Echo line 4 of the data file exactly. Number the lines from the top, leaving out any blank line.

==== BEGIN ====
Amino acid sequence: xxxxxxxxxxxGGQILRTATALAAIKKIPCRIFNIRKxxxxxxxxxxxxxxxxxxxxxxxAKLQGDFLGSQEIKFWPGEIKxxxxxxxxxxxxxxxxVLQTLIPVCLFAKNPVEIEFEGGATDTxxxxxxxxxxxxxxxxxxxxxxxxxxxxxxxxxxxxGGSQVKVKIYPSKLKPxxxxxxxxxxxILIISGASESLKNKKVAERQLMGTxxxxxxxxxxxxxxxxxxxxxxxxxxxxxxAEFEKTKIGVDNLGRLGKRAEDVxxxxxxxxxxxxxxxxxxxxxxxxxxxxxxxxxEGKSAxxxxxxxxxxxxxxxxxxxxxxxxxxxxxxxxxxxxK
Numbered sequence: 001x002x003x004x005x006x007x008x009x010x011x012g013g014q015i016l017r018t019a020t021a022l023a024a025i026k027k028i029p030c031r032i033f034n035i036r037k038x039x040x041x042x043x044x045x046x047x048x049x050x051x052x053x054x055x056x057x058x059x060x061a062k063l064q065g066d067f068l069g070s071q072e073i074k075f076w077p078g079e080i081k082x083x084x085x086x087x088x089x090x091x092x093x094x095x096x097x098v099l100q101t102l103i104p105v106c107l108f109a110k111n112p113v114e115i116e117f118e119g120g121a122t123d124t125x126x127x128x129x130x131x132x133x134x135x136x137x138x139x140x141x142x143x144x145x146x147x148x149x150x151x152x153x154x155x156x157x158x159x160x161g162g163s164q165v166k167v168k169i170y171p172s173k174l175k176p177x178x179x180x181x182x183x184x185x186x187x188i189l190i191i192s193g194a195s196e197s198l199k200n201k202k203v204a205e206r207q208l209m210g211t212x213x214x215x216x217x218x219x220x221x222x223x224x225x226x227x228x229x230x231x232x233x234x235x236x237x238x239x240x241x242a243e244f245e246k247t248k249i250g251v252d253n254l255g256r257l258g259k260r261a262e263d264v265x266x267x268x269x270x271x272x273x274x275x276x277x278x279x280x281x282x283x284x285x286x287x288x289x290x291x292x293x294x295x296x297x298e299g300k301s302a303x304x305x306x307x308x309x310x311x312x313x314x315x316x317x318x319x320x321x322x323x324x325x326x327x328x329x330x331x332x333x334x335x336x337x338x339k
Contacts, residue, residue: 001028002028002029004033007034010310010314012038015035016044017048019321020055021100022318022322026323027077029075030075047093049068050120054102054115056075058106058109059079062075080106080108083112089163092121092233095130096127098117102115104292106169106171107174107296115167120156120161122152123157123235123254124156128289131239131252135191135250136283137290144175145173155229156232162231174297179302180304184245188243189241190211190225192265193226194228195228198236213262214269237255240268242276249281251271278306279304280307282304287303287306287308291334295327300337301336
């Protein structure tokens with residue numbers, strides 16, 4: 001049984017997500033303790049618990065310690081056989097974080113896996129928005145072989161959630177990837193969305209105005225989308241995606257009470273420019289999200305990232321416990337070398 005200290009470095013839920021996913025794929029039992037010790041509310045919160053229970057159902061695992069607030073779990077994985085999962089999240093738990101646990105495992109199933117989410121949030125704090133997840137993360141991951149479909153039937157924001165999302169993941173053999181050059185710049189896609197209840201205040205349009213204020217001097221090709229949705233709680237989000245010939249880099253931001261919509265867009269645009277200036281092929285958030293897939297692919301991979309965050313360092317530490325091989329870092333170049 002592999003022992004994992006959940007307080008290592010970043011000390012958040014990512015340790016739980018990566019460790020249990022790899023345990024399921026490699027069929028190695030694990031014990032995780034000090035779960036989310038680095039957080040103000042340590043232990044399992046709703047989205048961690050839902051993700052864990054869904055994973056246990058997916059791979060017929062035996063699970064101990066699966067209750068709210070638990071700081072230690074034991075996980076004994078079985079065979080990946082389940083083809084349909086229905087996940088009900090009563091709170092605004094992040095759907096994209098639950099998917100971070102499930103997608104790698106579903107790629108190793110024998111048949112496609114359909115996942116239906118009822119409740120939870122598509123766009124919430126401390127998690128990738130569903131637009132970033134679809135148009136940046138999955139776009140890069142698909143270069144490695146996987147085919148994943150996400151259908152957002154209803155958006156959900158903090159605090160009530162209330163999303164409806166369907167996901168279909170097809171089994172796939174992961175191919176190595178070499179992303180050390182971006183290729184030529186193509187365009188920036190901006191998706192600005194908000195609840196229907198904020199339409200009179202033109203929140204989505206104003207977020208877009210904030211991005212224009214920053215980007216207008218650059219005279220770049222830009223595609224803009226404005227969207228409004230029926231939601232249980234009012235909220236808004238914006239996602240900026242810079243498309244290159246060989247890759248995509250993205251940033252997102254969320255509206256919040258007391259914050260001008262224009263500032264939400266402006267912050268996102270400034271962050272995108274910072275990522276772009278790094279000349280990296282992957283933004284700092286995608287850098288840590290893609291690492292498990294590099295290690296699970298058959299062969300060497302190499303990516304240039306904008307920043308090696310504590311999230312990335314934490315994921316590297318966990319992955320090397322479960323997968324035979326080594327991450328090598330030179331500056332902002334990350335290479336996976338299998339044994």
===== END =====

């Protein structure tokens with residue numbers, strides 16, 4: 001049984017997500033303790049618990065310690081056989097974080113896996129928005145072989161959630177990837193969305209105005225989308241995606257009470273420019289999200305990232321416990337070398 005200290009470095013839920021996913025794929029039992037010790041509310045919160053229970057159902061695992069607030073779990077994985085999962089999240093738990101646990105495992109199933117989410121949030125704090133997840137993360141991951149479909153039937157924001165999302169993941173053999181050059185710049189896609197209840201205040205349009213204020217001097221090709229949705233709680237989000245010939249880099253931001261919509265867009269645009277200036281092929285958030293897939297692919301991979309965050313360092317530490325091989329870092333170049 002592999003022992004994992006959940007307080008290592010970043011000390012958040014990512015340790016739980018990566019460790020249990022790899023345990024399921026490699027069929028190695030694990031014990032995780034000090035779960036989310038680095039957080040103000042340590043232990044399992046709703047989205048961690050839902051993700052864990054869904055994973056246990058997916059791979060017929062035996063699970064101990066699966067209750068709210070638990071700081072230690074034991075996980076004994078079985079065979080990946082389940083083809084349909086229905087996940088009900090009563091709170092605004094992040095759907096994209098639950099998917100971070102499930103997608104790698106579903107790629108190793110024998111048949112496609114359909115996942116239906118009822119409740120939870122598509123766009124919430126401390127998690128990738130569903131637009132970033134679809135148009136940046138999955139776009140890069142698909143270069144490695146996987147085919148994943150996400151259908152957002154209803155958006156959900158903090159605090160009530162209330163999303164409806166369907167996901168279909170097809171089994172796939174992961175191919176190595178070499179992303180050390182971006183290729184030529186193509187365009188920036190901006191998706192600005194908000195609840196229907198904020199339409200009179202033109203929140204989505206104003207977020208877009210904030211991005212224009214920053215980007216207008218650059219005279220770049222830009223595609224803009226404005227969207228409004230029926231939601232249980234009012235909220236808004238914006239996602240900026242810079243498309244290159246060989247890759248995509250993205251940033252997102254969320255509206256919040258007391259914050260001008262224009263500032264939400266402006267912050268996102270400034271962050272995108274910072275990522276772009278790094279000349280990296282992957283933004284700092286995608287850098288840590290893609291690492292498990294590099295290690296699970298058959299062969300060497302190499303990516304240039306904008307920043308090696310504590311999230312990335314934490315994921316590297318966990319992955320090397322479960323997968324035979326080594327991450328090598330030179331500056332902002334990350335290479336996976338299998339044994």